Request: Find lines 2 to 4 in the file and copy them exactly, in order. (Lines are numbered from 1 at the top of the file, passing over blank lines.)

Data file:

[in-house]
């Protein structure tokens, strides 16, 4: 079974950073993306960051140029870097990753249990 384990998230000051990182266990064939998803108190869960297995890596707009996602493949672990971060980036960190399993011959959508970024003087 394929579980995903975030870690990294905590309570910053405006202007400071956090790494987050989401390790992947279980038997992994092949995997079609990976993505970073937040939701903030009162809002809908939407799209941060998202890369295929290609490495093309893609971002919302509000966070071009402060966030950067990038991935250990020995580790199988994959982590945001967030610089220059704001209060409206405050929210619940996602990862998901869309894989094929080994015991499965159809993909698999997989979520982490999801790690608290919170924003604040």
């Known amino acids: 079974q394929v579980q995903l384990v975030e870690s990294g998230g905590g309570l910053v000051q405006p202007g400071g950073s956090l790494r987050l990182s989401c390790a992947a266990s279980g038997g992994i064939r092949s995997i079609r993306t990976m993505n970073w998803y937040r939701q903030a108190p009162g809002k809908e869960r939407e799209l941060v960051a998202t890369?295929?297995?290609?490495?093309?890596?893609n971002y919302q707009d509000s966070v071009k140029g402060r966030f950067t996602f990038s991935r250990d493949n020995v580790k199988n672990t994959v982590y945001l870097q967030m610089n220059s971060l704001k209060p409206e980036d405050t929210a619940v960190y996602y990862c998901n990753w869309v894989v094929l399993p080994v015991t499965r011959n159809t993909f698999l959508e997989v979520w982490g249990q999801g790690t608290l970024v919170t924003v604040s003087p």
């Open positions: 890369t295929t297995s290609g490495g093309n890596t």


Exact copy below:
């Protein structure tokens, strides 16, 4: 079974950073993306960051140029870097990753249990 384990998230000051990182266990064939998803108190869960297995890596707009996602493949672990971060980036960190399993011959959508970024003087 394929579980995903975030870690990294905590309570910053405006202007400071956090790494987050989401390790992947279980038997992994092949995997079609990976993505970073937040939701903030009162809002809908939407799209941060998202890369295929290609490495093309893609971002919302509000966070071009402060966030950067990038991935250990020995580790199988994959982590945001967030610089220059704001209060409206405050929210619940996602990862998901869309894989094929080994015991499965159809993909698999997989979520982490999801790690608290919170924003604040």
């Known amino acids: 079974q394929v579980q995903l384990v975030e870690s990294g998230g905590g309570l910053v000051q405006p202007g400071g950073s956090l790494r987050l990182s989401c390790a992947a266990s279980g038997g992994i064939r092949s995997i079609r993306t990976m993505n970073w998803y937040r939701q903030a108190p009162g809002k809908e869960r939407e799209l941060v960051a998202t890369?295929?297995?290609?490495?093309?890596?893609n971002y919302q707009d509000s966070v071009k140029g402060r966030f950067t996602f990038s991935r250990d493949n020995v580790k199988n672990t994959v982590y945001l870097q967030m610089n220059s971060l704001k209060p409206e980036d405050t929210a619940v960190y996602y990862c998901n990753w869309v894989v094929l399993p080994v015991t499965r011959n159809t993909f698999l959508e997989v979520w982490g249990q999801g790690t608290l970024v919170t924003v604040s003087p």
């Open positions: 890369t295929t297995s290609g490495g093309n890596t």